Great economic arguments of our times

Hmm.

That the economics blogosphere is as close to a global free market* as we can get shows the need for more local production.

Hmm…..

* Zero cost at the point of consumption, zero transport costs, 7 billion potential providers etc

9 comments on “Great economic arguments of our times

  1. The argument is more like the International Trade argument regarding industrial clusters: factories are in an area because other factories are also in an area which keeps costs low.

    If you want a blogosphere about New Zealand economic policies, you need more blogs about New Zealand economic policy, since that encourages even more blogs about New Zealand economic policy.

  2. Matthew, I wonder why our famously independent judiciary feels the need to reflect public outrage. Even assuming they’re capable of measuring it.

  3. Navin makes the basic point. To a large degree economic policy is country specific and thus if you want discussion of a given country’s economic policy you need a reasonable number of blogs to maintain ongoing conversations. People in Europe or the US have no interest in New Zealand’s economic issues and thus are unlikely to become involved in discussion of such problems.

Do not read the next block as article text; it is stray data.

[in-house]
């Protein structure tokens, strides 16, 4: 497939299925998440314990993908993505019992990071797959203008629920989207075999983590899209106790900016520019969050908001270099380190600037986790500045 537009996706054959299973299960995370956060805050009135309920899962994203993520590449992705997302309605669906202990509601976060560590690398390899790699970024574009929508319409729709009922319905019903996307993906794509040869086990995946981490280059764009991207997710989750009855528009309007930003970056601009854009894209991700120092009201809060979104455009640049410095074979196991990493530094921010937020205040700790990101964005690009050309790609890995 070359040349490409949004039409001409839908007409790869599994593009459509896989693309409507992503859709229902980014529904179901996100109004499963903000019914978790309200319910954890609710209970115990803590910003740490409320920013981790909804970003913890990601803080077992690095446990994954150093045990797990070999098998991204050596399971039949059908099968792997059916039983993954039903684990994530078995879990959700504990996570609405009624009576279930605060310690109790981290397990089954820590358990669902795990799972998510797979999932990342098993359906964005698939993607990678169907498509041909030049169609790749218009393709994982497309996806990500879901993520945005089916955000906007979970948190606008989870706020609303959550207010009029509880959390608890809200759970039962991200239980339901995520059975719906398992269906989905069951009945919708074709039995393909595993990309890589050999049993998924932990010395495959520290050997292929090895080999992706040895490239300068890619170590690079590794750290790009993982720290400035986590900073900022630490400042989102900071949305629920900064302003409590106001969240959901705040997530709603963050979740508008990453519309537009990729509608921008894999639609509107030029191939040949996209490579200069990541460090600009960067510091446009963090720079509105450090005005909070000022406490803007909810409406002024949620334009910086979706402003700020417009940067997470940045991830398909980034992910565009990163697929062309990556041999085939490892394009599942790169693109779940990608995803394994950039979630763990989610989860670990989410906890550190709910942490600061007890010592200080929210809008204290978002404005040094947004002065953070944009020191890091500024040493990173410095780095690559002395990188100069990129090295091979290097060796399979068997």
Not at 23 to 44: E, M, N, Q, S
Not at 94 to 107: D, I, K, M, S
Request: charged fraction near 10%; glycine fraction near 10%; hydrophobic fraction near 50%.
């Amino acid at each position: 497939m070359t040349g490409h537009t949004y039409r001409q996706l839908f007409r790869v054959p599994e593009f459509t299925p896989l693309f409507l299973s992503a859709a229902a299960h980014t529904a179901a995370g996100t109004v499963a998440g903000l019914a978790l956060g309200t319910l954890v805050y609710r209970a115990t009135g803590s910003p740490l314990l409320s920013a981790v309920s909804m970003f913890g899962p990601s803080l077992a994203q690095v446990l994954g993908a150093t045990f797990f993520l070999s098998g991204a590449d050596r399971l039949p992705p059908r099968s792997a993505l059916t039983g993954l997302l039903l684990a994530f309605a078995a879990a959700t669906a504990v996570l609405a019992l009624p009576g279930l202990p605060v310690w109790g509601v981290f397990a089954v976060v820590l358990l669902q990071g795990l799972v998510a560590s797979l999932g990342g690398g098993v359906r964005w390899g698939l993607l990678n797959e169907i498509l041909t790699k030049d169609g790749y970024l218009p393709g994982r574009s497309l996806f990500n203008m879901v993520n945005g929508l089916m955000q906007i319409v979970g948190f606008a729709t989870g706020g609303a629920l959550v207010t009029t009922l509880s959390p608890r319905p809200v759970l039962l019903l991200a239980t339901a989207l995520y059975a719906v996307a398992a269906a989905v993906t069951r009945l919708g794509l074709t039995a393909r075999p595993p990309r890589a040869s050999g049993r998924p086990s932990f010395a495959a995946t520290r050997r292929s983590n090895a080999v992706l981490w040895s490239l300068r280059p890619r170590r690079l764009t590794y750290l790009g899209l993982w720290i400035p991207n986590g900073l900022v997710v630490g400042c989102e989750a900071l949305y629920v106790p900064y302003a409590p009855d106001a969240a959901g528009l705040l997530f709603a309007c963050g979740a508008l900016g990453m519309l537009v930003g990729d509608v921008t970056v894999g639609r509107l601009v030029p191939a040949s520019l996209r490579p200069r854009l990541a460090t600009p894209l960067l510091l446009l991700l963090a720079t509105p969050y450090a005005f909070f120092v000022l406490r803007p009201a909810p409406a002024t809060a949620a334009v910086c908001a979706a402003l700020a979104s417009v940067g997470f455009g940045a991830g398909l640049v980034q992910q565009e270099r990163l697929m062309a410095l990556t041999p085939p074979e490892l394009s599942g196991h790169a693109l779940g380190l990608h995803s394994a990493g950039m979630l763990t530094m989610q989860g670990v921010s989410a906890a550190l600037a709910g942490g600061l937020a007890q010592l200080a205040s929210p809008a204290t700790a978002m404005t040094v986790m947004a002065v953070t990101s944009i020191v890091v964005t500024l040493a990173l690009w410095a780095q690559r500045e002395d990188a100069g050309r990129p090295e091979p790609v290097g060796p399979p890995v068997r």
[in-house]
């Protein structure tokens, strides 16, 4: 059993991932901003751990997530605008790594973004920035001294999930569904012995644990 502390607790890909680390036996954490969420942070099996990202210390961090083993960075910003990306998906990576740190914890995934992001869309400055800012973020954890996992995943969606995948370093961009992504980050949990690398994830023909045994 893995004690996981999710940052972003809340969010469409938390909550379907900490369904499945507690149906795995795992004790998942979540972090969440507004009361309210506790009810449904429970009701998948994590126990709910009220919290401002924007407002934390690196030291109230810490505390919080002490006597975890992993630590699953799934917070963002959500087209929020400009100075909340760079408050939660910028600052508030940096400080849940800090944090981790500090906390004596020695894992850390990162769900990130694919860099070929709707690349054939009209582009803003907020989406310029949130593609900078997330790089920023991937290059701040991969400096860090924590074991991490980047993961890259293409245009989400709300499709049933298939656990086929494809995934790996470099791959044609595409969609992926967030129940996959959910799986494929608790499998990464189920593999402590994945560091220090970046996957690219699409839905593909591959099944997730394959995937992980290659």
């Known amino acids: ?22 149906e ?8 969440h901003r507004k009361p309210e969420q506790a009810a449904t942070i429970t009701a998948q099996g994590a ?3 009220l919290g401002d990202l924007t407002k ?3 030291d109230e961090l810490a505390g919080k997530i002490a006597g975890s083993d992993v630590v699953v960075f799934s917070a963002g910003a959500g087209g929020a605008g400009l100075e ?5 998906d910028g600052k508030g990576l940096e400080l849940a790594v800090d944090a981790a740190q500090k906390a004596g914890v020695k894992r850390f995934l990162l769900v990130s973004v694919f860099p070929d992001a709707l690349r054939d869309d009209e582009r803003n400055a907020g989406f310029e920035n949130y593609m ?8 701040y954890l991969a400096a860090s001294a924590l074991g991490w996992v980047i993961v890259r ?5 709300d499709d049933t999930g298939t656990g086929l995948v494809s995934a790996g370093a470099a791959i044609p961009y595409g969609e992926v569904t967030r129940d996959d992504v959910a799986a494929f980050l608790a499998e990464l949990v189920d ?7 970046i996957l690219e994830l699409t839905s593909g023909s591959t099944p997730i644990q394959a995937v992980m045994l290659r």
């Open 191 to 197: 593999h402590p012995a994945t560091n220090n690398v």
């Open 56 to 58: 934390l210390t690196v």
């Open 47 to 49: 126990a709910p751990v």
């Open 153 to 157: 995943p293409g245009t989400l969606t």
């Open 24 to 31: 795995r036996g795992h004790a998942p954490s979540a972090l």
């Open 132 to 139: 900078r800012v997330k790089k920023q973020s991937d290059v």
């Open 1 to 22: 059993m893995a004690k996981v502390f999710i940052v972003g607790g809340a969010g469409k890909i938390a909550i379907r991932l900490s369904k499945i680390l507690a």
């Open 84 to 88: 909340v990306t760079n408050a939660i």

On more general economic topics you can take advantage of the worldwide blogosphere.

  4. Navin and Paul seem to have the right way of it.

    Also, are blogs a “market”? Mostly they appear to be hobbies. Nothing wrong with that, but there is little or no price structure or trade in the blogosphere, either in money or in kind.

  5. Blogrolls, hat-tips, quotes could be seen as trade in kind, sending trffic in return for enjoyment or material…

  6. Zero transport costs? Not quite. You have to pay to get your internet connection – and then you pay for your bandwidth. And then if you’re doing anything more than emailing, you’ve got the cost of your website hosting to add as well.

    Zero consumption costs. Not quite. Same thing as above, you need to pay to connect up to an ISP.

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